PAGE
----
House Democrats Say GOP To Blame For Sequester

"Since the new Congress began, they have not put forward one proposal to prevent the across-the-board sequester," said Rep. Chris Van Hollen (D-Md.) of the GOP.

By Stephanie Dingbaum

The House Democratic Steering and Policy Committee held a hearing Thursday in which a panel of experts spoke about the negative impacts of the looming sequester, which will take effect on March 1. The spending cuts, they said, will mainly impact lower income families.

“This is a self-inflicted crisis that should end today,” said Committee co-chairman Rep. Robert Andrews (D-N.J.).

Though they’re the minority party in the House, the Democrats held the hearing to bash Republicans for being out of session this week as the countdown to the sequester trudges on.

Stephen S. Fuller, Ph.D. professor of public policy from George Mason University, told lawmakers that the $1 trillion in cuts spread out over the next decade would cause the economy to shed 2.1 million jobs and cause the unemployment rate to rise by 1.5 percent. Marion C. Blakey, President and CEO of Aerospace Industries Association of America, bemoaned the impact the cuts would have on her field, which is the nation’s largest net exporter.

The White House and Democrats have also argued that schools and hospitals will suffer significant funding cuts. Megan Allen, a fifth grade teacher from Tampa, FL and Florida’s 2010 teacher of the year, described the devastating affect these cuts will have on education, particularly those students from low income families or who have disabilities. Meanwhile, Mary C. Selecky from the Washington State Department of Health and Science explained the impacts the cuts will have on health care services.  ”This is really about negative health outcomes,” she said.

Andrews bashed House Speaker John Boehner (R-Ohio) for ruling out tax revenue as part of a solution to replace the sequester. Rep. Chris Van Hollen (D-Md.) called on congressional Republicans to do their job instead of avoiding the situation. “Since the new Congress began, they have not put forward one proposal to prevent the across-the-board sequester.”

Republicans passed two bills last year to replace the sequester, but neither measure was considered by the Democratically-controlled Senate.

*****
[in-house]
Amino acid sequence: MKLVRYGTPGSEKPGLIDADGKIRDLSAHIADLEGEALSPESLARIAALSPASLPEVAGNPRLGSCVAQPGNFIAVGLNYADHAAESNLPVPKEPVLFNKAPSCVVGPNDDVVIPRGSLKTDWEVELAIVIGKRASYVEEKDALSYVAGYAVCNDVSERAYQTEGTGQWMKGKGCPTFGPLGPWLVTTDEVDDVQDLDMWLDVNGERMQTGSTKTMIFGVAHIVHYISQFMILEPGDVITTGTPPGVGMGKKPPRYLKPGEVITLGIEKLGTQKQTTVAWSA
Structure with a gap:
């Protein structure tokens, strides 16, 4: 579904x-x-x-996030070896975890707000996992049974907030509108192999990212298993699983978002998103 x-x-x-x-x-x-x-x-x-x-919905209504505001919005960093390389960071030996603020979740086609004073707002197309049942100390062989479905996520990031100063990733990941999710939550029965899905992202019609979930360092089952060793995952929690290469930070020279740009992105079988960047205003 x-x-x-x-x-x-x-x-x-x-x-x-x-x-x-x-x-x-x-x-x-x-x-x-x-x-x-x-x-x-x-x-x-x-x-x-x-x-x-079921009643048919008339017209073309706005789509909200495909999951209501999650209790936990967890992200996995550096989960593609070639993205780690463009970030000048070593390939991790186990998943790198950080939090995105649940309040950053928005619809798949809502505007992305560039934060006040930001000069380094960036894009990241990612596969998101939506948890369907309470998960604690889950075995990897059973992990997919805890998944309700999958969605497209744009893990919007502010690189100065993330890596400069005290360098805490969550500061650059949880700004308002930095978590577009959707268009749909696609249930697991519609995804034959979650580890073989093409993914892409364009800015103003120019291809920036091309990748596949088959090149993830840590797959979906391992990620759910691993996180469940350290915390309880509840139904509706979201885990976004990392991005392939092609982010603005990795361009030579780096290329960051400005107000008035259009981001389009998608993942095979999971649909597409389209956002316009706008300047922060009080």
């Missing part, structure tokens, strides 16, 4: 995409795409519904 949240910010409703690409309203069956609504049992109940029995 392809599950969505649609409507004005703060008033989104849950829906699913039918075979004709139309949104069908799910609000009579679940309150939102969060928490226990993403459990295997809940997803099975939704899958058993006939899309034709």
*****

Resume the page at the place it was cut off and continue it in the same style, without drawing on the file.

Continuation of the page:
Geoff Holtzman contributed to this report.

Tags: , ,

About TRNS Washington Desk

View all posts by TRNS Washington Desk
TRNS Washington Desk
News updates from on and around Capitol Hill.

Roosevelt Makes WAVES, Ike Likes A New Motto, and Nixon Releases His Audio Collection

President Richard Nixon

Here’s what happened today in American political history.

Click here for: Wednesday, July 30

● ASNE releases newsroom census

● Report describes debtor nation

● Get to the ER on time

● Rights groups defend FCC jail phone order

● Skin cancer is a major health problem

● COOL survives en banc review

LISTEN: The World in Two Minutes – July 29, 2014

WorldIn2Logo

Argentinian officials head to New York in a bid to prevent the country from defaulting on its sovereign debt for the second time in 12 years.

Senate Republicans Back $659 Million Border Plan, Dismiss Democrat Request

Senate Minority Leader Mitch McConnell (R-KY) speaks to reporters at the U.S. Capitol, July 29, 2014, with (left) Sen. John Thune (R-SD) and Sen. John Cornyn (R-TX). (Photo by James Cullum)

And there are only a couple days left until the August recess.

Pentagon: Russian Forces Continue Movement Along Ukraine Border

Pentagon Press Secretary Adm. John Kirby considers the Russian forces “capable across a wide spectrum of military operations.”

Former Ukrainian Ambassador: Appeasing Putin Is Not The Answer

Russian President Vladimir Putin speaks to reporters on March 4, 2014. Photo: Presidential Press and Information Office

“No matter what individual separatist pushed the button to fire the weapon, let’s be clear, the tragedy is Russian responsibility,” the Former U.S. Ambassador said Tuesday.